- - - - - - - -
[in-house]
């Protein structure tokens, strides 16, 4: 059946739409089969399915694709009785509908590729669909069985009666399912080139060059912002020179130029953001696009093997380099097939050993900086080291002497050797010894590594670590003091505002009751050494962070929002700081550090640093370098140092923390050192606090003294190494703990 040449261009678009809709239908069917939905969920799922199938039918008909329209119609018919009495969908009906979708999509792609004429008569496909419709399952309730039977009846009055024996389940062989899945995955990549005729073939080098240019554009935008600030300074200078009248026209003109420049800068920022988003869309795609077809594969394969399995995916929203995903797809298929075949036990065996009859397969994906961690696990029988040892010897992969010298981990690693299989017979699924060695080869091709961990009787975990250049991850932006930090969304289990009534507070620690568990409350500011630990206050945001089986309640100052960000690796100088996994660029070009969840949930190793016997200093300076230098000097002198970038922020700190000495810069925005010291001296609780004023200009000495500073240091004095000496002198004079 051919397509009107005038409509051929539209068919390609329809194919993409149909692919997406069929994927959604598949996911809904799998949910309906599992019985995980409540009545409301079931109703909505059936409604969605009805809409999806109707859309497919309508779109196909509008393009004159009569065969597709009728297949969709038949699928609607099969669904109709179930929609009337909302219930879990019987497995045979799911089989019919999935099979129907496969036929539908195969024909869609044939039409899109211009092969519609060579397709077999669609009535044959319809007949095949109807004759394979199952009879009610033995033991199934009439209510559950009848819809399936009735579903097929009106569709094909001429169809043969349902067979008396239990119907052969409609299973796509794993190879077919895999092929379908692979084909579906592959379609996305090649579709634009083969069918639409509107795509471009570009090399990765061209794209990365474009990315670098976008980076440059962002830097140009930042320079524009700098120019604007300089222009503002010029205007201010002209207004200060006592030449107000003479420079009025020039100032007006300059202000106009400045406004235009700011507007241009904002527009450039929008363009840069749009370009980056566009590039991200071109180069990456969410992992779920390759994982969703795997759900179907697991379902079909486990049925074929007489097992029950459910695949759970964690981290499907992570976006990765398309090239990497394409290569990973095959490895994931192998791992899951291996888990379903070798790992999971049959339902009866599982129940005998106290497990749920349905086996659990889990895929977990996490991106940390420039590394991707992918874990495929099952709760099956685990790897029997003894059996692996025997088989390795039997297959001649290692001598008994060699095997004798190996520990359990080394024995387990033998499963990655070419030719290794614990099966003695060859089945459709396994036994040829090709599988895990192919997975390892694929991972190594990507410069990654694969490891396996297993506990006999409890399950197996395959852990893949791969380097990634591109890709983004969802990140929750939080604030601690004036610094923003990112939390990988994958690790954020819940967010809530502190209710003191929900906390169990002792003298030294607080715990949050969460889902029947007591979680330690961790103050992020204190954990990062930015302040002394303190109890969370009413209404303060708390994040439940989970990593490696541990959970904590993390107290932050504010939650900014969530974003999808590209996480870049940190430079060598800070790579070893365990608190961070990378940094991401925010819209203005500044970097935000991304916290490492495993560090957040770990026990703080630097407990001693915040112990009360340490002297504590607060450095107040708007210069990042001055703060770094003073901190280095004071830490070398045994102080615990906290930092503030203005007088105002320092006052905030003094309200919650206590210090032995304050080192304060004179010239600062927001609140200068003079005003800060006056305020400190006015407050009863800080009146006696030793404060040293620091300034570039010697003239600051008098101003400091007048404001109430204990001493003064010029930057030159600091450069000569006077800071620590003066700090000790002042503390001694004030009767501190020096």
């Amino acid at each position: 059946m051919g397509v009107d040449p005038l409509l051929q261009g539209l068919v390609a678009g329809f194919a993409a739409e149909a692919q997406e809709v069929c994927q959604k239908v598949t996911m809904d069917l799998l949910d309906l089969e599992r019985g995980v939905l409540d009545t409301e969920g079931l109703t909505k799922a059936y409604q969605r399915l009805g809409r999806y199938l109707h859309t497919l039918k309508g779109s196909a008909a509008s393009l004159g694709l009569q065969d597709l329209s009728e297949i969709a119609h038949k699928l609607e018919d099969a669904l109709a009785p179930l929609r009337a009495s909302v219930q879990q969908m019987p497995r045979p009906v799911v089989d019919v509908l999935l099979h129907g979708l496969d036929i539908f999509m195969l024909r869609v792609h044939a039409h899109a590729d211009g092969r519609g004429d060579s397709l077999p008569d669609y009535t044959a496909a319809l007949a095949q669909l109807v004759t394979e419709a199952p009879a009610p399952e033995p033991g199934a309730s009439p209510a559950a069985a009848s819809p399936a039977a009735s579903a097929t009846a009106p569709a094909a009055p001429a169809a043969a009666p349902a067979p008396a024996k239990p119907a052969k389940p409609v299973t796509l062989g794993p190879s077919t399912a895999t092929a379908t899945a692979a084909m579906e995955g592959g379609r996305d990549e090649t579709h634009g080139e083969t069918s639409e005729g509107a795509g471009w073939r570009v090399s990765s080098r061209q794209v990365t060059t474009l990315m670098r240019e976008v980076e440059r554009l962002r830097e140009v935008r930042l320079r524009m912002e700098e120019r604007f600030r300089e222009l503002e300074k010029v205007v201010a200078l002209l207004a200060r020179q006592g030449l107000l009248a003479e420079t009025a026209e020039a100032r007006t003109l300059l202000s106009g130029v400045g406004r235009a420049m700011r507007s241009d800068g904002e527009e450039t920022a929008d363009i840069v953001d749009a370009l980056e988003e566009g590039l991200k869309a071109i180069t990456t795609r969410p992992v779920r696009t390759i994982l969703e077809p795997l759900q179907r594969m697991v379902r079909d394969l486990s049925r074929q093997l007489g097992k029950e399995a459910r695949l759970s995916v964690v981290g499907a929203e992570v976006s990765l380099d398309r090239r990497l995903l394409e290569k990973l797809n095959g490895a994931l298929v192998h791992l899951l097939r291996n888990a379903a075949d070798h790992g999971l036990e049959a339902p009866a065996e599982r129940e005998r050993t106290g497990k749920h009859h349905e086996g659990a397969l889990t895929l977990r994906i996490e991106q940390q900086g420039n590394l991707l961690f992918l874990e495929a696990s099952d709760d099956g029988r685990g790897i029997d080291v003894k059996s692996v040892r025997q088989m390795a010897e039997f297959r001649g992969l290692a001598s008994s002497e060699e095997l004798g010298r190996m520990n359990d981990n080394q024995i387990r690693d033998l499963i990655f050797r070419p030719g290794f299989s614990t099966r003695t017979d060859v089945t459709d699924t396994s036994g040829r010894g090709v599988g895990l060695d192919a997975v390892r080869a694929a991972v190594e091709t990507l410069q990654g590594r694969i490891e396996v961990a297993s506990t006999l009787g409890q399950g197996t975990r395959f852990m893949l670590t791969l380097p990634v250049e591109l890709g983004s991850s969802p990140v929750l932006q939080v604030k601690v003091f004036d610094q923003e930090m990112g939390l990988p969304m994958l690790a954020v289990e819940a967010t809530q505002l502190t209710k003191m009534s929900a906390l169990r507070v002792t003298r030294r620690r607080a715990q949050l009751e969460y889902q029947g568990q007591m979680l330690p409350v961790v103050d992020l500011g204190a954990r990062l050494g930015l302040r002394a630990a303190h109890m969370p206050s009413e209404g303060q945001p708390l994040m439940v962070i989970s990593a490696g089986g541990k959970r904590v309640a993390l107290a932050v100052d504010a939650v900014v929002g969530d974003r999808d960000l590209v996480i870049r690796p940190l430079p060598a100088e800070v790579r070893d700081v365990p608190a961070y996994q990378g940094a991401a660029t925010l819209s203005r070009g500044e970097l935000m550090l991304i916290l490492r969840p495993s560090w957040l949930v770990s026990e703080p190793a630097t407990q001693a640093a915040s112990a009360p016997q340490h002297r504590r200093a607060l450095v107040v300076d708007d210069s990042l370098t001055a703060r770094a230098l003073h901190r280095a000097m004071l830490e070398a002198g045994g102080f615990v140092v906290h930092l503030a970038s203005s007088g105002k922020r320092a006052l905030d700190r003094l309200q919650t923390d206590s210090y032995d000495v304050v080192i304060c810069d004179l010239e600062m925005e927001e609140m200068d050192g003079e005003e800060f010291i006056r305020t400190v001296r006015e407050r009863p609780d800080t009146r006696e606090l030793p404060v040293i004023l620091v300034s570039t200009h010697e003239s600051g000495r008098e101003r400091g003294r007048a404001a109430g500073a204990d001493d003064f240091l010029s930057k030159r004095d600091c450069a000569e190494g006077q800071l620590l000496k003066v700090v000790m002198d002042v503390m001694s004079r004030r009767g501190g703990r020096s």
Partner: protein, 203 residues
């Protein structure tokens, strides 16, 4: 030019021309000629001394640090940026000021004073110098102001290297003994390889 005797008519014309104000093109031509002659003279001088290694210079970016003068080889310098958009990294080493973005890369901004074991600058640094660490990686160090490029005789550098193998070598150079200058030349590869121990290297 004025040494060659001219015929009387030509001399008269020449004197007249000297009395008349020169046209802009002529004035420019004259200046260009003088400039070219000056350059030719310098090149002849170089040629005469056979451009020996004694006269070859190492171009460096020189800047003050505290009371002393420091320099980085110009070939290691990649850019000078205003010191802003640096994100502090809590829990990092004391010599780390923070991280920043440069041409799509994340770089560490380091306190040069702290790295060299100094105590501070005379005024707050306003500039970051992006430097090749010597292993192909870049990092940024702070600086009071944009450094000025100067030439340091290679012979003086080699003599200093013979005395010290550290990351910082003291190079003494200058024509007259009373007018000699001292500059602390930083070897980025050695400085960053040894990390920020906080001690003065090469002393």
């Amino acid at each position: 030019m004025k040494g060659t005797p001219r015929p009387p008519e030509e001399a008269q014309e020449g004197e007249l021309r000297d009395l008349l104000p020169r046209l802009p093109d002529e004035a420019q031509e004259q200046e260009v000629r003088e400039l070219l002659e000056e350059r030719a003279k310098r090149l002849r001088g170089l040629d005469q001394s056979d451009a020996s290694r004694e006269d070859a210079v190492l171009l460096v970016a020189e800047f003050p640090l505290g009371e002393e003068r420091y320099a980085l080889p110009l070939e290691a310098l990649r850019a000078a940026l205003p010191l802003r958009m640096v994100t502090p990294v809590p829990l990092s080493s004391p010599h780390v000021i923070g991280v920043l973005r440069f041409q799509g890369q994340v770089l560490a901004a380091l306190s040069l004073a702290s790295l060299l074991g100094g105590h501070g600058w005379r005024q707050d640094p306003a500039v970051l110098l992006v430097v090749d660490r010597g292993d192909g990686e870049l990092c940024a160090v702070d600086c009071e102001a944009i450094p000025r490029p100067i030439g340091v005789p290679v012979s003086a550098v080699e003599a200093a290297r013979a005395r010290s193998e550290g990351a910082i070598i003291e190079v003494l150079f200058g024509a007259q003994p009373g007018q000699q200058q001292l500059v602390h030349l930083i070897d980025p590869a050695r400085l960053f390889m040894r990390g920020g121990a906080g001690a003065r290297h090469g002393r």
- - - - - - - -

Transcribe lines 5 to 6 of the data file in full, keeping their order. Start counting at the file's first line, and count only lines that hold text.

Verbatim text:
């Protein structure tokens, strides 16, 4: 030019021309000629001394640090940026000021004073110098102001290297003994390889 005797008519014309104000093109031509002659003279001088290694210079970016003068080889310098958009990294080493973005890369901004074991600058640094660490990686160090490029005789550098193998070598150079200058030349590869121990290297 004025040494060659001219015929009387030509001399008269020449004197007249000297009395008349020169046209802009002529004035420019004259200046260009003088400039070219000056350059030719310098090149002849170089040629005469056979451009020996004694006269070859190492171009460096020189800047003050505290009371002393420091320099980085110009070939290691990649850019000078205003010191802003640096994100502090809590829990990092004391010599780390923070991280920043440069041409799509994340770089560490380091306190040069702290790295060299100094105590501070005379005024707050306003500039970051992006430097090749010597292993192909870049990092940024702070600086009071944009450094000025100067030439340091290679012979003086080699003599200093013979005395010290550290990351910082003291190079003494200058024509007259009373007018000699001292500059602390930083070897980025050695400085960053040894990390920020906080001690003065090469002393």
């Amino acid at each position: 030019m004025k040494g060659t005797p001219r015929p009387p008519e030509e001399a008269q014309e020449g004197e007249l021309r000297d009395l008349l104000p020169r046209l802009p093109d002529e004035a420019q031509e004259q200046e260009v000629r003088e400039l070219l002659e000056e350059r030719a003279k310098r090149l002849r001088g170089l040629d005469q001394s056979d451009a020996s290694r004694e006269d070859a210079v190492l171009l460096v970016a020189e800047f003050p640090l505290g009371e002393e003068r420091y320099a980085l080889p110009l070939e290691a310098l990649r850019a000078a940026l205003p010191l802003r958009m640096v994100t502090p990294v809590p829990l990092s080493s004391p010599h780390v000021i923070g991280v920043l973005r440069f041409q799509g890369q994340v770089l560490a901004a380091l306190s040069l004073a702290s790295l060299l074991g100094g105590h501070g600058w005379r005024q707050d640094p306003a500039v970051l110098l992006v430097v090749d660490r010597g292993d192909g990686e870049l990092c940024a160090v702070d600086c009071e102001a944009i450094p000025r490029p100067i030439g340091v005789p290679v012979s003086a550098v080699e003599a200093a290297r013979a005395r010290s193998e550290g990351a910082i070598i003291e190079v003494l150079f200058g024509a007259q003994p009373g007018q000699q200058q001292l500059v602390h030349l930083i070897d980025p590869a050695r400085l960053f390889m040894r990390g920020g121990a906080g001690a003065r290297h090469g002393r």